The Future

When they served you pastry at the Cafe Rienzi, you ate the crumbs. First of all, if you were a habitue of the said establishment, you appreciated the quality. But mostly, if you were like me, the calories were an essential part of your daily intake.
As an aspiring folk singer, your music was a central part of your existence, but you were one of the thousands, and a note of music did not equate to a dollar to spend on food.
Unlike some of my friends, I could not run home on weekends or odd evenings to tank up at the family table. That was closed to me thanks to the ferocious battle that raged between my parents and me. I was fortunate in not understanding how desperate my life was. Talk about starving for your art.
New York City was full of people busy remaking themselves into new images from the old components. Most of the time, this just resulted in a rehash of the old and just as tired.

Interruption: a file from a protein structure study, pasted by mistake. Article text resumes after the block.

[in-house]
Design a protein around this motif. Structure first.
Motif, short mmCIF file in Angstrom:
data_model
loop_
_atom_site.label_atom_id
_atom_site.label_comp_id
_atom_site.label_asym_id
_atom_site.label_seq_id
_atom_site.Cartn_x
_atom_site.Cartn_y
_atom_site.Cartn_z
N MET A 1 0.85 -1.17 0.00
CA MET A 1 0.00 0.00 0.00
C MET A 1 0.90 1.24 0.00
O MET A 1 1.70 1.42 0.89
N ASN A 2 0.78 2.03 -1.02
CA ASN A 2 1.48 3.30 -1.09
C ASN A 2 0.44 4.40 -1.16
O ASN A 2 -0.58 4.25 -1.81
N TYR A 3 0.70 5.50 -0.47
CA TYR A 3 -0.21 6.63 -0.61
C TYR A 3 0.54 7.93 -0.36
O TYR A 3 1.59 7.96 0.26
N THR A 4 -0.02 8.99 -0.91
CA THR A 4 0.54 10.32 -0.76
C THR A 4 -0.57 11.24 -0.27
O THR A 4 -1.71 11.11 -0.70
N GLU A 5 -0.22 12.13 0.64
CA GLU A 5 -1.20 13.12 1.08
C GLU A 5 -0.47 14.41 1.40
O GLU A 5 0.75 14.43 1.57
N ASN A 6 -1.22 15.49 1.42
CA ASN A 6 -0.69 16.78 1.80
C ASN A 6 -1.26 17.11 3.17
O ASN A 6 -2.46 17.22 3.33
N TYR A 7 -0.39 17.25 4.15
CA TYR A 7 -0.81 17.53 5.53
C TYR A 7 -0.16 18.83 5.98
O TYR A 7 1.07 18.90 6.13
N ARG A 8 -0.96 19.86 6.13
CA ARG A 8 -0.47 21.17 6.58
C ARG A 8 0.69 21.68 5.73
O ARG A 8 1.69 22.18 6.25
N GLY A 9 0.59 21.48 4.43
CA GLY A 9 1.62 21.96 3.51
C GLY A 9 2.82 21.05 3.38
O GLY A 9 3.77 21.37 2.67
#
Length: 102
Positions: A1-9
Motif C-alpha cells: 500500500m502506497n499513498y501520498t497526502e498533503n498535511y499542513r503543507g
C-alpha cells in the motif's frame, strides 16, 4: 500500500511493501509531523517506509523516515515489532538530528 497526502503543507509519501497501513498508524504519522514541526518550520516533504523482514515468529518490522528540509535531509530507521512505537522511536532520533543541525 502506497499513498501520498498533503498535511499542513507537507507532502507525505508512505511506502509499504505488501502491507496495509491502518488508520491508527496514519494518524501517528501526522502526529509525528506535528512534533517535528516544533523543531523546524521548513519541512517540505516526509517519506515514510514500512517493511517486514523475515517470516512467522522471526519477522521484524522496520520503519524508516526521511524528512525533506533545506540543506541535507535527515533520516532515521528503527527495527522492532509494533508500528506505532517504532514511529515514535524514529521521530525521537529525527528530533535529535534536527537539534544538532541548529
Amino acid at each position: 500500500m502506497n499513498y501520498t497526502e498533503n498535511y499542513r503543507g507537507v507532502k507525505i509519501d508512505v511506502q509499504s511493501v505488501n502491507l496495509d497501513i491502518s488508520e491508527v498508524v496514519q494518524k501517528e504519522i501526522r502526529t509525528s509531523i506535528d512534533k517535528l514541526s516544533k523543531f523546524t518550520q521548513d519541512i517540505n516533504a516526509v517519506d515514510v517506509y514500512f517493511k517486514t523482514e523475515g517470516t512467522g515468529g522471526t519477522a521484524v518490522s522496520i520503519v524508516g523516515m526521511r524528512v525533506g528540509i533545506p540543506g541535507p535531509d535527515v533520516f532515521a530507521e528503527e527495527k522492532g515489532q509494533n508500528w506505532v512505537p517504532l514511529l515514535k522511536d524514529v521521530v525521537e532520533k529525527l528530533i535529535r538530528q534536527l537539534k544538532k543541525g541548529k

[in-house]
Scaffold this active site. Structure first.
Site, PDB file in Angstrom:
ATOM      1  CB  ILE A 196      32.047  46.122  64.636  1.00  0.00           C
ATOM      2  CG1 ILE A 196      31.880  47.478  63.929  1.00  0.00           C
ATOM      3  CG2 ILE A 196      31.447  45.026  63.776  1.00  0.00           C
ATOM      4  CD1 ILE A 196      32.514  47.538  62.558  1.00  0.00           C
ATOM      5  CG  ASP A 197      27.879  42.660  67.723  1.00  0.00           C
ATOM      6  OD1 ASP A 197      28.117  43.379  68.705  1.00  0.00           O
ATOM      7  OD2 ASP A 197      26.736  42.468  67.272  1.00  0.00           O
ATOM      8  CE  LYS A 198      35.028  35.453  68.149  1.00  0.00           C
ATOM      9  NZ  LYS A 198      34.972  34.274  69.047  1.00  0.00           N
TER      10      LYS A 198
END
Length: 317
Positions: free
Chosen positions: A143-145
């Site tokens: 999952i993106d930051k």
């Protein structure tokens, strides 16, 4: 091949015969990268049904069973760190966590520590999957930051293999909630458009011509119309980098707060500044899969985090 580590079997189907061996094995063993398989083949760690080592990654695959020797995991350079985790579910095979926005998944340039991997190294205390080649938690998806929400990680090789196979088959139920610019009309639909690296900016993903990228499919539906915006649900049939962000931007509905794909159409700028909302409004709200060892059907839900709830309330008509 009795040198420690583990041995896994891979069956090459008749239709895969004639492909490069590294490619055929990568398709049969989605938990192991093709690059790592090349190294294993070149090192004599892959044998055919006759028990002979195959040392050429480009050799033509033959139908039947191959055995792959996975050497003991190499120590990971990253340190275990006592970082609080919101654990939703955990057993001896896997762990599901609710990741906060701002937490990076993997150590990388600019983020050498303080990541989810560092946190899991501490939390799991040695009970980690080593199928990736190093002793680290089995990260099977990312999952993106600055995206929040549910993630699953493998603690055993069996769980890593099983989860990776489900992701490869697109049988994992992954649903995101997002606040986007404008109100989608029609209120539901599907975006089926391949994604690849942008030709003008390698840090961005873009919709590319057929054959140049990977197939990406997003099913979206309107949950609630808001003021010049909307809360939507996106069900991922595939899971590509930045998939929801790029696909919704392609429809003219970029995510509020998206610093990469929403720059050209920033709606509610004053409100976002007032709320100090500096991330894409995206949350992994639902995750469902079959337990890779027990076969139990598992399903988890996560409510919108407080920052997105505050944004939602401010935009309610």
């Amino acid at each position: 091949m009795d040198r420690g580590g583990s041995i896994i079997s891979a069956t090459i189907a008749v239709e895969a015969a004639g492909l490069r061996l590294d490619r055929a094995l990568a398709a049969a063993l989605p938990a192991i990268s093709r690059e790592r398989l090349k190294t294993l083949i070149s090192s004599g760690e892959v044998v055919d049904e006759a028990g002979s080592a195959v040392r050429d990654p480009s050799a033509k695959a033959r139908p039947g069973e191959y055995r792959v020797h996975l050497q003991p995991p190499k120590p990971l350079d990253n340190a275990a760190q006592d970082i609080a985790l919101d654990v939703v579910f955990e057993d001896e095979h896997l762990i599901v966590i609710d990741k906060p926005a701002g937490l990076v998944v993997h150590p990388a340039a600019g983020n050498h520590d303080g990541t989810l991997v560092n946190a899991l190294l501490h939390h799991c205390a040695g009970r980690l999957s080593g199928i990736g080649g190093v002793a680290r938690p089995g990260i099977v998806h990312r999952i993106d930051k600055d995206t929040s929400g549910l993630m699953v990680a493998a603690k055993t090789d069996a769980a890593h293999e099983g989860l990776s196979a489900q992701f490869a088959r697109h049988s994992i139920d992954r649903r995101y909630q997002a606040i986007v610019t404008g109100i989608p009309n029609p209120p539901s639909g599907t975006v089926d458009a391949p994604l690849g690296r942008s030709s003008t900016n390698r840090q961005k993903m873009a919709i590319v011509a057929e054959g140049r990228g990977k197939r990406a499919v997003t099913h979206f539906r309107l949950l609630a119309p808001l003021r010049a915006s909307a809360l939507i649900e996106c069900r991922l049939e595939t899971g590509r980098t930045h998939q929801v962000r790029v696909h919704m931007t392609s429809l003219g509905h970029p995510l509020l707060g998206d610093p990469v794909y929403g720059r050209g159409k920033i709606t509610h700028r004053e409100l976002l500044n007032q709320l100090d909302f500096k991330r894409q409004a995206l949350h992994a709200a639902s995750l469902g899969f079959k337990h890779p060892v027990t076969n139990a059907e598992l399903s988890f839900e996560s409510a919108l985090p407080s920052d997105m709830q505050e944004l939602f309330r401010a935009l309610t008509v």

Aliases and names were fragile things in those days, and they changed quickly over a week of self-reflection and drugs. We had no flashy laminated “Government Issued ID.” We did have those on pasteboard, and the local forger in the Jeweler’s District would whip you up a new one for ten bucks.
Real change? To create that, you either have to have little attachment to the past or little history. I was fortunate I had neither.

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